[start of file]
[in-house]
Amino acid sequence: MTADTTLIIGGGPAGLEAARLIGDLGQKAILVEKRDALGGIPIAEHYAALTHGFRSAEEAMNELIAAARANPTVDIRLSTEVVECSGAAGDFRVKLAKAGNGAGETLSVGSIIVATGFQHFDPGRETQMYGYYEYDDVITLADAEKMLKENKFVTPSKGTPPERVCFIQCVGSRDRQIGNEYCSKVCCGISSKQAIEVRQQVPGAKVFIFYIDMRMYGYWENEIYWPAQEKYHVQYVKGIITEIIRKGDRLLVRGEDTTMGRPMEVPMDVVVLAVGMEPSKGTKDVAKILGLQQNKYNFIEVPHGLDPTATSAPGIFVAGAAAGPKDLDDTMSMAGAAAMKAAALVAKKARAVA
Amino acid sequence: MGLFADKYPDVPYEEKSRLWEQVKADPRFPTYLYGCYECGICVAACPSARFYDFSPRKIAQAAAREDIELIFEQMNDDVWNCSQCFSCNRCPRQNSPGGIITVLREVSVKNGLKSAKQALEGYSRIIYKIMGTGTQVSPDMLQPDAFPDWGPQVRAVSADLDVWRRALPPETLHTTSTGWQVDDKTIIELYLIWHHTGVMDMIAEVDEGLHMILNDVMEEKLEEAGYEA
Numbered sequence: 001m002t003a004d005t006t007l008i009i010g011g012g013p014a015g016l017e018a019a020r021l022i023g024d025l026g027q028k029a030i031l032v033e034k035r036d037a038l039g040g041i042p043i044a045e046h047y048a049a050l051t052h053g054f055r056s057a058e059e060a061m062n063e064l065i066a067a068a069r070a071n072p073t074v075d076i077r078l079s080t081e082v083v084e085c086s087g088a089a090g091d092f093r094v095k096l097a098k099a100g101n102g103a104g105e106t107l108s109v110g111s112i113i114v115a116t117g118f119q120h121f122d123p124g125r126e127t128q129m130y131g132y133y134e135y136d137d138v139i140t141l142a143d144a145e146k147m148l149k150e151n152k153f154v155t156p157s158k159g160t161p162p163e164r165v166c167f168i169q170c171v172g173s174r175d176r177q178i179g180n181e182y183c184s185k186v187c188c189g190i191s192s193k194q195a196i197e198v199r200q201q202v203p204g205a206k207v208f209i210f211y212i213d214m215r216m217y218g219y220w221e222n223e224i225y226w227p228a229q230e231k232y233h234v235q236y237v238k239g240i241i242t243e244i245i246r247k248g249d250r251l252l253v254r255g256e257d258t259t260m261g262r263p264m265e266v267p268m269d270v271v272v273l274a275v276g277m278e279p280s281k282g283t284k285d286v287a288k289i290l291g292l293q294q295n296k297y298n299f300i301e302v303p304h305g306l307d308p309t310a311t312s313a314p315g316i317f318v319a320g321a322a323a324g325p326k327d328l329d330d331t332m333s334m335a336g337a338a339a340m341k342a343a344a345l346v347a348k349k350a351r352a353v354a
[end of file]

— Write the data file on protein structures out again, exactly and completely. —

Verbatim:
[in-house]
Amino acid sequence: MTADTTLIIGGGPAGLEAARLIGDLGQKAILVEKRDALGGIPIAEHYAALTHGFRSAEEAMNELIAAARANPTVDIRLSTEVVECSGAAGDFRVKLAKAGNGAGETLSVGSIIVATGFQHFDPGRETQMYGYYEYDDVITLADAEKMLKENKFVTPSKGTPPERVCFIQCVGSRDRQIGNEYCSKVCCGISSKQAIEVRQQVPGAKVFIFYIDMRMYGYWENEIYWPAQEKYHVQYVKGIITEIIRKGDRLLVRGEDTTMGRPMEVPMDVVVLAVGMEPSKGTKDVAKILGLQQNKYNFIEVPHGLDPTATSAPGIFVAGAAAGPKDLDDTMSMAGAAAMKAAALVAKKARAVA
Amino acid sequence: MGLFADKYPDVPYEEKSRLWEQVKADPRFPTYLYGCYECGICVAACPSARFYDFSPRKIAQAAAREDIELIFEQMNDDVWNCSQCFSCNRCPRQNSPGGIITVLREVSVKNGLKSAKQALEGYSRIIYKIMGTGTQVSPDMLQPDAFPDWGPQVRAVSADLDVWRRALPPETLHTTSTGWQVDDKTIIELYLIWHHTGVMDMIAEVDEGLHMILNDVMEEKLEEAGYEA
Numbered sequence: 001m002t003a004d005t006t007l008i009i010g011g012g013p014a015g016l017e018a019a020r021l022i023g024d025l026g027q028k029a030i031l032v033e034k035r036d037a038l039g040g041i042p043i044a045e046h047y048a049a050l051t052h053g054f055r056s057a058e059e060a061m062n063e064l065i066a067a068a069r070a071n072p073t074v075d076i077r078l079s080t081e082v083v084e085c086s087g088a089a090g091d092f093r094v095k096l097a098k099a100g101n102g103a104g105e106t107l108s109v110g111s112i113i114v115a116t117g118f119q120h121f122d123p124g125r126e127t128q129m130y131g132y133y134e135y136d137d138v139i140t141l142a143d144a145e146k147m148l149k150e151n152k153f154v155t156p157s158k159g160t161p162p163e164r165v166c167f168i169q170c171v172g173s174r175d176r177q178i179g180n181e182y183c184s185k186v187c188c189g190i191s192s193k194q195a196i197e198v199r200q201q202v203p204g205a206k207v208f209i210f211y212i213d214m215r216m217y218g219y220w221e222n223e224i225y226w227p228a229q230e231k232y233h234v235q236y237v238k239g240i241i242t243e244i245i246r247k248g249d250r251l252l253v254r255g256e257d258t259t260m261g262r263p264m265e266v267p268m269d270v271v272v273l274a275v276g277m278e279p280s281k282g283t284k285d286v287a288k289i290l291g292l293q294q295n296k297y298n299f300i301e302v303p304h305g306l307d308p309t310a311t312s313a314p315g316i317f318v319a320g321a322a323a324g325p326k327d328l329d330d331t332m333s334m335a336g337a338a339a340m341k342a343a344a345l346v347a348k349k350a351r352a353v354a